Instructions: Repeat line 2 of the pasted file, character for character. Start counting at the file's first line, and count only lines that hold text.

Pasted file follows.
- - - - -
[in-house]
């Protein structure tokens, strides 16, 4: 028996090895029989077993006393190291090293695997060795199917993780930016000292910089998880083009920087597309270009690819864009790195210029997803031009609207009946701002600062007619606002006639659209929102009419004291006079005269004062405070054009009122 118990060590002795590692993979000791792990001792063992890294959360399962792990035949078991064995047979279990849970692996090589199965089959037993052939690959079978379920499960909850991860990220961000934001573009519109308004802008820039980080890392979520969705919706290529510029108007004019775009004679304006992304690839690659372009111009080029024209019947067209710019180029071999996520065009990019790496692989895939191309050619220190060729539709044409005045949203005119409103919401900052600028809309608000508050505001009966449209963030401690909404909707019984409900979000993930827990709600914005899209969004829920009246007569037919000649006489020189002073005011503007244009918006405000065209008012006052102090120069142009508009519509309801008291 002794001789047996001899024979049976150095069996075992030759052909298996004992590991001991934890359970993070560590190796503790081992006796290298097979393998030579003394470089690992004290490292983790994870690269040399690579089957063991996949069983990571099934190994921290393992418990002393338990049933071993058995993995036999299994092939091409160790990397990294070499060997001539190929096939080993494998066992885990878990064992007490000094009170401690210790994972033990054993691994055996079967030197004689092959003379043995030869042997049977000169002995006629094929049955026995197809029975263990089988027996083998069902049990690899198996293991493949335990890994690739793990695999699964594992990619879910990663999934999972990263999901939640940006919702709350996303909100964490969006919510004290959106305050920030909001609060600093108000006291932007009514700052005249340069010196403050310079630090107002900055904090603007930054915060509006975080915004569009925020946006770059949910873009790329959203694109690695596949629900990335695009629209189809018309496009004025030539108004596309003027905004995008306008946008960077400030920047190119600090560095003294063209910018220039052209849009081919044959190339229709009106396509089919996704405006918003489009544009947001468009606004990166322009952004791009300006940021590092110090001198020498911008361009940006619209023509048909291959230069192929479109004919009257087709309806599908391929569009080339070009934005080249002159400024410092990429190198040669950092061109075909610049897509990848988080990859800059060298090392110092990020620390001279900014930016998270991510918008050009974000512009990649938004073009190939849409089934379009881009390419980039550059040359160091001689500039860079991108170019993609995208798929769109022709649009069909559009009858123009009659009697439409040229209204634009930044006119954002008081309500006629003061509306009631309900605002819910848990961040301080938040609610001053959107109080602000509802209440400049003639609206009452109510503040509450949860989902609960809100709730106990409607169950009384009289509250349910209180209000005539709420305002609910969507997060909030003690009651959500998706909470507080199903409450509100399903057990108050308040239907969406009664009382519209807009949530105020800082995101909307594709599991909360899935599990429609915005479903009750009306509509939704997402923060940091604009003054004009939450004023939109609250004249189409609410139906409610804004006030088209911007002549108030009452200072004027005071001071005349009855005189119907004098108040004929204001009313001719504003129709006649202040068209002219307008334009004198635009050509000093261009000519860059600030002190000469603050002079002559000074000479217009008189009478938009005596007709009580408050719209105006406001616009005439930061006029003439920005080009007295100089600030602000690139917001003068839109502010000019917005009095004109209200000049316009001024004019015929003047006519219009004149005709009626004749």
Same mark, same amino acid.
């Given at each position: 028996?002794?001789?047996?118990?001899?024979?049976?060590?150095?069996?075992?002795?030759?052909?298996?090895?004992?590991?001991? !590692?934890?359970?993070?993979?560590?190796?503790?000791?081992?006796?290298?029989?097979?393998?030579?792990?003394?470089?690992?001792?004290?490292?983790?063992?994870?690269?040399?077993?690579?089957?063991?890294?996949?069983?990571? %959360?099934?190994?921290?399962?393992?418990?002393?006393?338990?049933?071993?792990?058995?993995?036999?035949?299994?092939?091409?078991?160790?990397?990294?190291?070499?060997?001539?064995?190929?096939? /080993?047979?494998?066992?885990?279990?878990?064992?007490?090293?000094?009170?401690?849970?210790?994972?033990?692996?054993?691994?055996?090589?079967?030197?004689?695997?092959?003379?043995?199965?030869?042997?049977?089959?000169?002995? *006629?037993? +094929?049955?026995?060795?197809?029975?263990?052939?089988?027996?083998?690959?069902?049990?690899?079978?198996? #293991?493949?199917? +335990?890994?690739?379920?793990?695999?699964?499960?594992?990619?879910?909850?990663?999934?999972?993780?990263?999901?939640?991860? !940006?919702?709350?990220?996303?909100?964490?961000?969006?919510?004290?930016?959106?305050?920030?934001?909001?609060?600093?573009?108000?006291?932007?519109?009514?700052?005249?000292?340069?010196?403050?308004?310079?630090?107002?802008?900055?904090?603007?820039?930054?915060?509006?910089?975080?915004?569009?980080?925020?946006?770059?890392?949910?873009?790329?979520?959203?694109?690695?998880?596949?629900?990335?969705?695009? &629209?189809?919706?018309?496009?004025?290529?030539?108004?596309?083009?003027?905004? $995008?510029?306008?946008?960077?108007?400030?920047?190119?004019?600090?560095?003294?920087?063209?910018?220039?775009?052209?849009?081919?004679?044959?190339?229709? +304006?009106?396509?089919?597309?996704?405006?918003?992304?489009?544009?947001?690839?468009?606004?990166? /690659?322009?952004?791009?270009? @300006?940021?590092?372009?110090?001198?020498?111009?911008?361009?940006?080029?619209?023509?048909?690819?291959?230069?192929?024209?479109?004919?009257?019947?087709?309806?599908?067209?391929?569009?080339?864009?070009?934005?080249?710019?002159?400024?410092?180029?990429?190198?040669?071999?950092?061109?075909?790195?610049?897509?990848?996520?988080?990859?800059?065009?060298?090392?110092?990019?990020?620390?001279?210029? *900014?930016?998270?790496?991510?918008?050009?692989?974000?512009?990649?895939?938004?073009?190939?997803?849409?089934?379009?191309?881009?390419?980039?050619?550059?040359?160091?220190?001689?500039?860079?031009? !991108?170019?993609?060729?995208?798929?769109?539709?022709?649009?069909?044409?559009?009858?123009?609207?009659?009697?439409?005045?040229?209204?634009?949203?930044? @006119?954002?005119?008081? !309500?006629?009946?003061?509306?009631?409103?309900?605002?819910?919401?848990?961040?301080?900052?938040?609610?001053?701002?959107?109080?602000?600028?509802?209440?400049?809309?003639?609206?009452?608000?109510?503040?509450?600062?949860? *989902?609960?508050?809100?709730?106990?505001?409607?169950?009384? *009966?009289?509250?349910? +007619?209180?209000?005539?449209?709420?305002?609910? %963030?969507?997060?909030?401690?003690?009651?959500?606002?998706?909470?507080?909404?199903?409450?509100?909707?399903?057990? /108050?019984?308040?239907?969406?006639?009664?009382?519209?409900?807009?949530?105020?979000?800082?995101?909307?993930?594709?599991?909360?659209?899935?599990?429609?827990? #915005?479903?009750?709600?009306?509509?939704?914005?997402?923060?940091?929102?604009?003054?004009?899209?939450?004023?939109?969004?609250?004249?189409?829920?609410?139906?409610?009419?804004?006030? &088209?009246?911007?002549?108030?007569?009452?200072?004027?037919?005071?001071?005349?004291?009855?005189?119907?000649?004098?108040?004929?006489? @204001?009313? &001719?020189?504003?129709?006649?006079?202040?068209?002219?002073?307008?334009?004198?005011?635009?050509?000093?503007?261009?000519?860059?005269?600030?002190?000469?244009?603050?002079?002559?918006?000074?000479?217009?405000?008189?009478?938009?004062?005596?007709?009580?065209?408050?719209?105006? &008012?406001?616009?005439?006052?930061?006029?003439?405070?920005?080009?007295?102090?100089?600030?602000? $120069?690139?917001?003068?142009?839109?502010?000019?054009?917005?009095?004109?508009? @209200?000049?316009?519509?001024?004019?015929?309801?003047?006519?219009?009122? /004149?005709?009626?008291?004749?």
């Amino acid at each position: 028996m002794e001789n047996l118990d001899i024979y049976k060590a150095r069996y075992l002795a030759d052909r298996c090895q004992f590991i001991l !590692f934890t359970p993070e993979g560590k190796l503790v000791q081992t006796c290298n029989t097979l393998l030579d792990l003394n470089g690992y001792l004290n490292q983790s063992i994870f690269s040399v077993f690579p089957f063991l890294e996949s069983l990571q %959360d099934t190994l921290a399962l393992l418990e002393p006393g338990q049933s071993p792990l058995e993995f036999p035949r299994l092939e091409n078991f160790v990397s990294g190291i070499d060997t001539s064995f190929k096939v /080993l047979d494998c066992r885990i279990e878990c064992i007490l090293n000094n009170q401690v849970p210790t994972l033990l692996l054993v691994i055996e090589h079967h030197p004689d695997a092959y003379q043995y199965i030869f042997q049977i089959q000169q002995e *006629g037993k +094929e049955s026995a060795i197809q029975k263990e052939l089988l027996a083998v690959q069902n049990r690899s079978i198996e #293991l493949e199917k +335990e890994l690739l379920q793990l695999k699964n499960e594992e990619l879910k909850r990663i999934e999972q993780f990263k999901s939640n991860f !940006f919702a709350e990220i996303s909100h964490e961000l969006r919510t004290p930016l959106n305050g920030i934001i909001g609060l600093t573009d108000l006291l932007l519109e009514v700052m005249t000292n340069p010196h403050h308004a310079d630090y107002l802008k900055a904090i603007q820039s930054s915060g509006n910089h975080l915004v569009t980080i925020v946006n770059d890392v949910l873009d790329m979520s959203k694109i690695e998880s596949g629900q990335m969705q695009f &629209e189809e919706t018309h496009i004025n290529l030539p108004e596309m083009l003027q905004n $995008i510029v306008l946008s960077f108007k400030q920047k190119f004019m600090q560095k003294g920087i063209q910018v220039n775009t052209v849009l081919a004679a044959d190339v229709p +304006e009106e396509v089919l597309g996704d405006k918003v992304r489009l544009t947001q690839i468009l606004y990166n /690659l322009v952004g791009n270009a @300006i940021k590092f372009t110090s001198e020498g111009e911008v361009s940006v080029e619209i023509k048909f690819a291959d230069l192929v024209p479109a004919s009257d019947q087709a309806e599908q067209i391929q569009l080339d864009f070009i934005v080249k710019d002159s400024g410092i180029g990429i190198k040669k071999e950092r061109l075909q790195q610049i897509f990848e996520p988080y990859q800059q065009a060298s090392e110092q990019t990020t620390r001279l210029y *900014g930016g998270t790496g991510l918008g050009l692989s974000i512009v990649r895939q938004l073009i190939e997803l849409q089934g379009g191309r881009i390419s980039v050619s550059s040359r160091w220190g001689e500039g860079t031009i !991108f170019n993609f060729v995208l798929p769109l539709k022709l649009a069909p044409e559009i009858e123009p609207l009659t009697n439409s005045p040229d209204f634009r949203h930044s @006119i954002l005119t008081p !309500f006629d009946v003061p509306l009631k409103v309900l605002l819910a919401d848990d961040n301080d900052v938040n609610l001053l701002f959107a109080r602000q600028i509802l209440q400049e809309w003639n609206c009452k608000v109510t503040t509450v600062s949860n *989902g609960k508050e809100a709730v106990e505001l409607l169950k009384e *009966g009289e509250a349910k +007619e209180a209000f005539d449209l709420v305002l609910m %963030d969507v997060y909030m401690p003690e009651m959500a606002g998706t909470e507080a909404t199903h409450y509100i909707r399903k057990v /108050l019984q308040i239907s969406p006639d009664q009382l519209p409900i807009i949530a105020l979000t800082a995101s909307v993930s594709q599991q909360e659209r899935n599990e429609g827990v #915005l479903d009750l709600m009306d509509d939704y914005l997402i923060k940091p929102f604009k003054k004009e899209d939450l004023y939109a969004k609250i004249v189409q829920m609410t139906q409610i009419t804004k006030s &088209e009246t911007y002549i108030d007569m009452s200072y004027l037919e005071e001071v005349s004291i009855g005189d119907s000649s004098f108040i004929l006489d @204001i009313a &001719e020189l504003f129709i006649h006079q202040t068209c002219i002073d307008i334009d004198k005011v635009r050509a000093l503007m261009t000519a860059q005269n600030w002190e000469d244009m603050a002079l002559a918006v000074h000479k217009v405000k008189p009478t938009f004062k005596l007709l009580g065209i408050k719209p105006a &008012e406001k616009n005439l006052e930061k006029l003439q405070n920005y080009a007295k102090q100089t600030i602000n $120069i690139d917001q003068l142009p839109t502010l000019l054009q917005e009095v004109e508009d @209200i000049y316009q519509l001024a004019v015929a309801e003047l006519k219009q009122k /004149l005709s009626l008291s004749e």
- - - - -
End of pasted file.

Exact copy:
């Protein structure tokens, strides 16, 4: 028996090895029989077993006393190291090293695997060795199917993780930016000292910089998880083009920087597309270009690819864009790195210029997803031009609207009946701002600062007619606002006639659209929102009419004291006079005269004062405070054009009122 118990060590002795590692993979000791792990001792063992890294959360399962792990035949078991064995047979279990849970692996090589199965089959037993052939690959079978379920499960909850991860990220961000934001573009519109308004802008820039980080890392979520969705919706290529510029108007004019775009004679304006992304690839690659372009111009080029024209019947067209710019180029071999996520065009990019790496692989895939191309050619220190060729539709044409005045949203005119409103919401900052600028809309608000508050505001009966449209963030401690909404909707019984409900979000993930827990709600914005899209969004829920009246007569037919000649006489020189002073005011503007244009918006405000065209008012006052102090120069142009508009519509309801008291 002794001789047996001899024979049976150095069996075992030759052909298996004992590991001991934890359970993070560590190796503790081992006796290298097979393998030579003394470089690992004290490292983790994870690269040399690579089957063991996949069983990571099934190994921290393992418990002393338990049933071993058995993995036999299994092939091409160790990397990294070499060997001539190929096939080993494998066992885990878990064992007490000094009170401690210790994972033990054993691994055996079967030197004689092959003379043995030869042997049977000169002995006629094929049955026995197809029975263990089988027996083998069902049990690899198996293991493949335990890994690739793990695999699964594992990619879910990663999934999972990263999901939640940006919702709350996303909100964490969006919510004290959106305050920030909001609060600093108000006291932007009514700052005249340069010196403050310079630090107002900055904090603007930054915060509006975080915004569009925020946006770059949910873009790329959203694109690695596949629900990335695009629209189809018309496009004025030539108004596309003027905004995008306008946008960077400030920047190119600090560095003294063209910018220039052209849009081919044959190339229709009106396509089919996704405006918003489009544009947001468009606004990166322009952004791009300006940021590092110090001198020498911008361009940006619209023509048909291959230069192929479109004919009257087709309806599908391929569009080339070009934005080249002159400024410092990429190198040669950092061109075909610049897509990848988080990859800059060298090392110092990020620390001279900014930016998270991510918008050009974000512009990649938004073009190939849409089934379009881009390419980039550059040359160091001689500039860079991108170019993609995208798929769109022709649009069909559009009858123009009659009697439409040229209204634009930044006119954002008081309500006629003061509306009631309900605002819910848990961040301080938040609610001053959107109080602000509802209440400049003639609206009452109510503040509450949860989902609960809100709730106990409607169950009384009289509250349910209180209000005539709420305002609910969507997060909030003690009651959500998706909470507080199903409450509100399903057990108050308040239907969406009664009382519209807009949530105020800082995101909307594709599991909360899935599990429609915005479903009750009306509509939704997402923060940091604009003054004009939450004023939109609250004249189409609410139906409610804004006030088209911007002549108030009452200072004027005071001071005349009855005189119907004098108040004929204001009313001719504003129709006649202040068209002219307008334009004198635009050509000093261009000519860059600030002190000469603050002079002559000074000479217009008189009478938009005596007709009580408050719209105006406001616009005439930061006029003439920005080009007295100089600030602000690139917001003068839109502010000019917005009095004109209200000049316009001024004019015929003047006519219009004149005709009626004749």